After 4 sleepless hours in the Lima airport and a super early flight to Cusco, we finally landed in our final destination at 7:15am. First order of business: get to the hotel for a shower and real bed. After nearly another disaster situation with our taxi driver, who tried dropping us off at a Kokopelli store instead of Kurkurpata Street, we got dropped off at the bottom of a hill at Plazoleta de San Blas since our hotel wasn’t accessible by car. Unfortunately, our room wasn’t ready that early, so instead they invited us to their outdoor terrace for some coca tea, an herbal remedy serving to help with digestion and altitude sickness based on the same plant used for cocaine. Our room still wasn’t ready after we were done, so we ended up going into town to explore…
The reason our hotel had such a nice view of the city was that we were situated high, way up high atop a hill in the San Blas neighborhood. This meant a steep uphill climb from the Plaza de Armas, the main square, followed by more steps up a pedestrian alley to our hotel. While this normally could be somewhat comparable to our 4th floor walkup, this was a whole new ballgame with Cusco situated 2600 meters (8500 ft) above sea level, which left us gasping for air with every step. Thankfully, the downhill trek to the Plaza was much easier! By 10am, the square was bustling, with oratories, performances, and parades lining the giant basilica and adjacent cathedral. We found a spot overlooking the Plaza called Cappuccino Cafe, where we enjoyed a small breakfast of a tamale, almond tea, and orange juice while people-watching over the square. By the time we were done, it was certainly time to check in, and time for a much needed nap.
A few hours later, once we were better rested, we wandered out to Chicha, a swanky restaurant south of the Plaza de Armas. This was one of the many restaurants owned by Peruvian restauranteur and TV personality Gaston Acurio, and I believe his only one in Cusco. As our first real dining experience in Peru, it certainly wowed, with creative uses of local ingredients in a fusion of Asian and Latin cuisine. We quickly learned that Peruvians love the fruits of “pachamama” (mother earth), such as their many varieties of corn and potatoes, as well as every kind of meat and fish you can imagine. After lunch, we did a little wandering to get our bearings straight, stopping by Plaza San Francisco for a more local feel, San Pedro Market (mayhem of stalls selling food and wares also with a local feel), Avenida Sol to see the Qoricancha (already closed for the day so we’ll be back tomorrow), and just zigzagging through random small streets. Being that it was technically winter, the sun set much earlier in the afternoon and the temperature dropped suddenly so we decided to duck inside a “spa” for a Peruvian massage. The good news – it was only $7; however, the massages were super weak and the “spa” was definitely lacking in any sense of a relaxing ambience.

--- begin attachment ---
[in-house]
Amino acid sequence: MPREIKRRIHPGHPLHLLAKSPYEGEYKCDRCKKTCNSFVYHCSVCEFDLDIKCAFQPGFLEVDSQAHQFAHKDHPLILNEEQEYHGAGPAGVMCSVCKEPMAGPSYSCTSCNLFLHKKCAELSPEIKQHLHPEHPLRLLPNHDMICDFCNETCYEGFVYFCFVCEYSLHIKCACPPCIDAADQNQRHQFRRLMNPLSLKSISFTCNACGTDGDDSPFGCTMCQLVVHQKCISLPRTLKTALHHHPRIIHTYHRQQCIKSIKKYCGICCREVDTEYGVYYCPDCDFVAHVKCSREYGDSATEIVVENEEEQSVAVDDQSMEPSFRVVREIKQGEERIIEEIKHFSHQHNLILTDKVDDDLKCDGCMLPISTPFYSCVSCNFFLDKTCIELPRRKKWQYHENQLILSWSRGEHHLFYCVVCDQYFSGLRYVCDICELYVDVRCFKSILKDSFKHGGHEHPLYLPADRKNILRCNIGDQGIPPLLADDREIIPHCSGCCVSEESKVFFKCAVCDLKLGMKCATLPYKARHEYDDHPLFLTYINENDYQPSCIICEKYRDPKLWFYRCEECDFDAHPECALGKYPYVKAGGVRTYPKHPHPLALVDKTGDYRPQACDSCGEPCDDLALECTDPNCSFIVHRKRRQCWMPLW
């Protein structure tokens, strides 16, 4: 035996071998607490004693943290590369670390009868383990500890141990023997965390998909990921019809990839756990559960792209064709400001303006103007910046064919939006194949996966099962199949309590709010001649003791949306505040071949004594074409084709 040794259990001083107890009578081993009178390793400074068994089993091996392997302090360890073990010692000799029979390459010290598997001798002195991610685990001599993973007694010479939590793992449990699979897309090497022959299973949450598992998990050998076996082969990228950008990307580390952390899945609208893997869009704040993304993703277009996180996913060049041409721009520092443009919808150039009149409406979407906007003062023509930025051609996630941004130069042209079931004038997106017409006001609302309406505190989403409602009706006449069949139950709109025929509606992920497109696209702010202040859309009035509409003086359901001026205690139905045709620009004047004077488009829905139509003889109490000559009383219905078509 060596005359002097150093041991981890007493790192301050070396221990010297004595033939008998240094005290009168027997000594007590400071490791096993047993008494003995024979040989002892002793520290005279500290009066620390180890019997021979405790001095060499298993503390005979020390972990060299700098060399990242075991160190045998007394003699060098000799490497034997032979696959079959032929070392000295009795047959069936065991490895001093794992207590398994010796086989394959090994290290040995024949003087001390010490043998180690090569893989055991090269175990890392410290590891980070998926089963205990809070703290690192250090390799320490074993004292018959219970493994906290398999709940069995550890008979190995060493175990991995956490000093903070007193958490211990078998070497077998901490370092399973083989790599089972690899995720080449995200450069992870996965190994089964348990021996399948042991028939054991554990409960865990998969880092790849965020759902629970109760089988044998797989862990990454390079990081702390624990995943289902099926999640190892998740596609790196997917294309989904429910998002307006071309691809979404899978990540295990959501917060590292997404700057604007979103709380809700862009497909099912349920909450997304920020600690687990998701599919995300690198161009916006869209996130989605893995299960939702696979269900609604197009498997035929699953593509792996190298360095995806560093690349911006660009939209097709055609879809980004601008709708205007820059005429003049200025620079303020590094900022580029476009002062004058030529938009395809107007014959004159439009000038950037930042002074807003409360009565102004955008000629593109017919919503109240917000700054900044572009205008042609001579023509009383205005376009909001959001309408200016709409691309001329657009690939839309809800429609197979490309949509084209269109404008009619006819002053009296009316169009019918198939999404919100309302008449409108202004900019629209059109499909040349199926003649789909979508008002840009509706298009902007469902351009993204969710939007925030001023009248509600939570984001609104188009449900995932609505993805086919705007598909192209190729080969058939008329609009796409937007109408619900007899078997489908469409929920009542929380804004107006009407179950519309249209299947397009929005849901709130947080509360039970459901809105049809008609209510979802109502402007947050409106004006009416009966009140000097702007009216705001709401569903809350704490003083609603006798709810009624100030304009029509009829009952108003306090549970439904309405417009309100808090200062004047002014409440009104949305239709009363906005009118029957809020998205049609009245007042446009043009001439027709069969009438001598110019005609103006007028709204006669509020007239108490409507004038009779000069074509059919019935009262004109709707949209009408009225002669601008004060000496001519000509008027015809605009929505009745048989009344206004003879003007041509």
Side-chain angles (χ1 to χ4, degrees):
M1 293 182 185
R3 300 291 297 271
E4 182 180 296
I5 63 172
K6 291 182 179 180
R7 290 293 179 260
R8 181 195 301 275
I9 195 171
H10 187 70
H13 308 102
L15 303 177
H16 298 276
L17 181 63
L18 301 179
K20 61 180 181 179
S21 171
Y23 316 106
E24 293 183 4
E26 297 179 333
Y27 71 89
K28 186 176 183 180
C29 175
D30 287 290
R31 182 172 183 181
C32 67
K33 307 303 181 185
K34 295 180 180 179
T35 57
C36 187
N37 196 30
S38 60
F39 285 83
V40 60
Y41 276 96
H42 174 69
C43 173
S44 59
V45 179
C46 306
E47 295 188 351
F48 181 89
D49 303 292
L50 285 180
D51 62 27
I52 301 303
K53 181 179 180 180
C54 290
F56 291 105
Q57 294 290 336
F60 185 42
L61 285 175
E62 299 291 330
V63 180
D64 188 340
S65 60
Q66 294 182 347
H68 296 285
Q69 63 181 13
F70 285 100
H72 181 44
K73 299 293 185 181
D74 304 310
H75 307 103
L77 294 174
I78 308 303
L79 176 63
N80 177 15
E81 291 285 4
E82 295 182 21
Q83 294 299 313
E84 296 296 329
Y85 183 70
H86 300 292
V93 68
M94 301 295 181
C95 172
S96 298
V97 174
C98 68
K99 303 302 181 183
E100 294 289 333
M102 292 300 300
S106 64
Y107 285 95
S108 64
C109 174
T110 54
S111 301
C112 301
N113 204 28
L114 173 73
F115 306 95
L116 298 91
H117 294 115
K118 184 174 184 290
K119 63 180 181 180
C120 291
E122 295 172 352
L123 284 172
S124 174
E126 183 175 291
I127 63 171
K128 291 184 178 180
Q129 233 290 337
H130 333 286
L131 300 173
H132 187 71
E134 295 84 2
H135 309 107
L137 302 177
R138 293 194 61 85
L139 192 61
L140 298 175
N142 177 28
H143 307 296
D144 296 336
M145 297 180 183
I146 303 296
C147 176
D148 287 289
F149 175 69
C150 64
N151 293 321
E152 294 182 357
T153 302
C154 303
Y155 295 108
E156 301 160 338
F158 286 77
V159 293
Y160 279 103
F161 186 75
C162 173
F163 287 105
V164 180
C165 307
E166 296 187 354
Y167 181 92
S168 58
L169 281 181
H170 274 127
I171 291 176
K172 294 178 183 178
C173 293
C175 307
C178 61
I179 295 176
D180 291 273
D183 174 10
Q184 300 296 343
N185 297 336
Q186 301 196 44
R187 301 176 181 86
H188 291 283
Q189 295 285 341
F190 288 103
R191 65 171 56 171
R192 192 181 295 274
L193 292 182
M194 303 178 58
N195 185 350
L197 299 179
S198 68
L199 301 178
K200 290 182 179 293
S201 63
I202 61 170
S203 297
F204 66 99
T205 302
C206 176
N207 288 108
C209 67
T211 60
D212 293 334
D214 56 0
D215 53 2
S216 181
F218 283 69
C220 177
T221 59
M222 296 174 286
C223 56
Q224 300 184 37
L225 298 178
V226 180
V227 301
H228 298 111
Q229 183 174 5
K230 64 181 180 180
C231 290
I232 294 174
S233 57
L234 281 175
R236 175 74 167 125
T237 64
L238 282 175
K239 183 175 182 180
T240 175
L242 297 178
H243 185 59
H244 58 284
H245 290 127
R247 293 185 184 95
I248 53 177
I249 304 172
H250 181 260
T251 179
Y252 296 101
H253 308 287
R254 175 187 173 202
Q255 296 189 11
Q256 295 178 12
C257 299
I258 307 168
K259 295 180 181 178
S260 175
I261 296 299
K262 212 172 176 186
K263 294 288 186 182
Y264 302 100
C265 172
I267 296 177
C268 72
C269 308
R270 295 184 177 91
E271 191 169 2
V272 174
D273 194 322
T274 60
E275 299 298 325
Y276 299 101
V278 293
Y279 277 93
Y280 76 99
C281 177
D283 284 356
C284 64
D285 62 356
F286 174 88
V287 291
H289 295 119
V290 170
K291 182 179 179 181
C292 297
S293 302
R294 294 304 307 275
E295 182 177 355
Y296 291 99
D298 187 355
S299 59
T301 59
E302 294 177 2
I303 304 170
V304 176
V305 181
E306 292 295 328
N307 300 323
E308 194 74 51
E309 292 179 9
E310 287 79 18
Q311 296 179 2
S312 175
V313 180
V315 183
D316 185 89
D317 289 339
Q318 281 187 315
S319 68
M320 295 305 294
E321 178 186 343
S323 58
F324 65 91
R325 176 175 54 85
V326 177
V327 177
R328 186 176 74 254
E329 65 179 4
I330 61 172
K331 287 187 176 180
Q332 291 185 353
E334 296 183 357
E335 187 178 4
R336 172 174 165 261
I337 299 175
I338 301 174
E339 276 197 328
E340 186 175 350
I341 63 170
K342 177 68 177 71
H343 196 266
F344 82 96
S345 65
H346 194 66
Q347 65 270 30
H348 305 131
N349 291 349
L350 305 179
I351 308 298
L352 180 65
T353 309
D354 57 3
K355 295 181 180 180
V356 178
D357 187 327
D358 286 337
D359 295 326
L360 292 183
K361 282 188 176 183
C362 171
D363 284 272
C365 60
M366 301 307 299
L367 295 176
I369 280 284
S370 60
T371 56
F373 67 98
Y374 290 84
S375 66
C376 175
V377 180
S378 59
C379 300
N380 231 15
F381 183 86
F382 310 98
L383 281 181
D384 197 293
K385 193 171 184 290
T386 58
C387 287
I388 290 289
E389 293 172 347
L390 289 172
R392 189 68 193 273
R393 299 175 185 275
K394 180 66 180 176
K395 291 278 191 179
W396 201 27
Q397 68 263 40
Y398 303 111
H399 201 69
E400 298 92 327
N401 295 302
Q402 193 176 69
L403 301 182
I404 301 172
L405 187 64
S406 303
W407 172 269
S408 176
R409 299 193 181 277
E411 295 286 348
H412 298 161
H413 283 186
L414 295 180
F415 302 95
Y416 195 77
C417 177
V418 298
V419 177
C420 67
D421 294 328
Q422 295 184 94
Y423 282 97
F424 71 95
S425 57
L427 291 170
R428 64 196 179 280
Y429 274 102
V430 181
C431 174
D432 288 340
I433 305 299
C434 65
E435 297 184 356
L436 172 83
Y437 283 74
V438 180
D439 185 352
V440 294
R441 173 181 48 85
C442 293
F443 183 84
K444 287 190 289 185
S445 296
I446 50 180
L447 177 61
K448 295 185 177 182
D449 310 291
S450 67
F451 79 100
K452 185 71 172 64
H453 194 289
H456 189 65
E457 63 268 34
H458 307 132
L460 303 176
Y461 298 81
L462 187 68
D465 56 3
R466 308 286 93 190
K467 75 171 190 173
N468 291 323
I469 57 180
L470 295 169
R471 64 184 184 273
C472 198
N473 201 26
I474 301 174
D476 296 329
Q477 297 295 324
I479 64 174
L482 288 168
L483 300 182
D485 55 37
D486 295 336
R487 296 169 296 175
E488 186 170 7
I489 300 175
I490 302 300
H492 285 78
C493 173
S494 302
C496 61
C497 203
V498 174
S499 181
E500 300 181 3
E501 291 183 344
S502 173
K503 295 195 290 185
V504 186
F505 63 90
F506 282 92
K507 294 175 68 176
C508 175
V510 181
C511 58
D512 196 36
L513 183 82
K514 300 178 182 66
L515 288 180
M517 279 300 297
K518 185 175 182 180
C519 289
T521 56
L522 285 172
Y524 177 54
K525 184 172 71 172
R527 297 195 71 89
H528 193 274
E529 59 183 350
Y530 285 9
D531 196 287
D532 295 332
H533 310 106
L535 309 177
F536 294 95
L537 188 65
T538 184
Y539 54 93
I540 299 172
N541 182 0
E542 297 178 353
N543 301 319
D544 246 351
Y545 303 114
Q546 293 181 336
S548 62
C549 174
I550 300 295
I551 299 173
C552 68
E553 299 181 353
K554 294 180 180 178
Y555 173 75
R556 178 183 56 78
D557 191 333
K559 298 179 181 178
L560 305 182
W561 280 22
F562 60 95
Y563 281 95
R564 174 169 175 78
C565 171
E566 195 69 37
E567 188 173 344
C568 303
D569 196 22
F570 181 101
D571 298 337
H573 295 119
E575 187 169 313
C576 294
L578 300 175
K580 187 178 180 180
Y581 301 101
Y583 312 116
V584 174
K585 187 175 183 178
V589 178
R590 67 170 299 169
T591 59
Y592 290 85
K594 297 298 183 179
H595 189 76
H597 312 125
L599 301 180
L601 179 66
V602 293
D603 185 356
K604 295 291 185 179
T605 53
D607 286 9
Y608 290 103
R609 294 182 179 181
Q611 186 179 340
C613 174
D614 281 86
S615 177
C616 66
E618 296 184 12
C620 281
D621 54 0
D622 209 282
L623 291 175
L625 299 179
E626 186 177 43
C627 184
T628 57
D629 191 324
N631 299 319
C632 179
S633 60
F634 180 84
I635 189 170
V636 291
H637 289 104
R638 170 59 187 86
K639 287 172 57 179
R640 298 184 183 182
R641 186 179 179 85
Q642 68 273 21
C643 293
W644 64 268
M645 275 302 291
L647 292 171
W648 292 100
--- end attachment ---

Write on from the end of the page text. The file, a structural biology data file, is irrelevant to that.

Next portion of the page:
Dinner was at a place nearby called Uchu, known for its style of serving meat on volcanic rocks heated up to 500 degrees. The bruschetta starter we shared was fantastic, not to mention the steaks that were served sizzling and still cooking on these hot stones along with fun dipping sauces like homemade herb butter, huancatay dressing, and honey balsamic dressing. For someone who always loves her food piping hot, this was a perfect situation. We capped the night off with a drink at the Museo del Pisco, an interesting bar we came across earlier that featured a ton of different infusions of Peru’s national liquor, a great way to enjoy our first of many pisco sours.
We were talking earlier about how much we were looking forward to a bed and a full night’s sleep for the first time in 2 nights. However, Peru had different plans for us. By the time we got back to the hotel, it was around 11:45pm and the front door was locked. Strange, because the hotel was supposed to have a 24 hour reception. After buzzing repeatedly with no luck, we looked through the peephole to find that no one was at the front desk! We tried several more times, circled the establishment to see if there was another way in, considered climbing neighbors’ roofs (thank goodness we did NOT do this), called the front desk and buzzed some more, to the point where we woke up another guest who was not very happy with us. While Doug was trying to sweet talk her into letting us in (only to be met with an angry response, “you guys are crazy, I can’t let you in”), I was on the phone with Booking.com trying to resolve the situation, also to no avail. Finally, after an hour of our fruitless attempts, we resignedly walked to try to find another hotel. The Cusco Marriott was our saving grace – somehow after we explained the situation to them, they tried calling yet again and this time got through to someone! Apparently the guest we awakened went looking for a staff member, and found someone asleep in the kitchen who would later man the desk when we came back. We later found that the woman originally on duty had to go to the hospital unexpectedly, and I’m not sure if the sleeping man knew he was supposed to work or not, but thankfully upon my complaint to the owner the next morning, we were comped the first 2 nights, as well as being credited the $45 I spent calling Booking.com against our 3rd and final night. So not ideal, but it all ended up (somewhat) working out.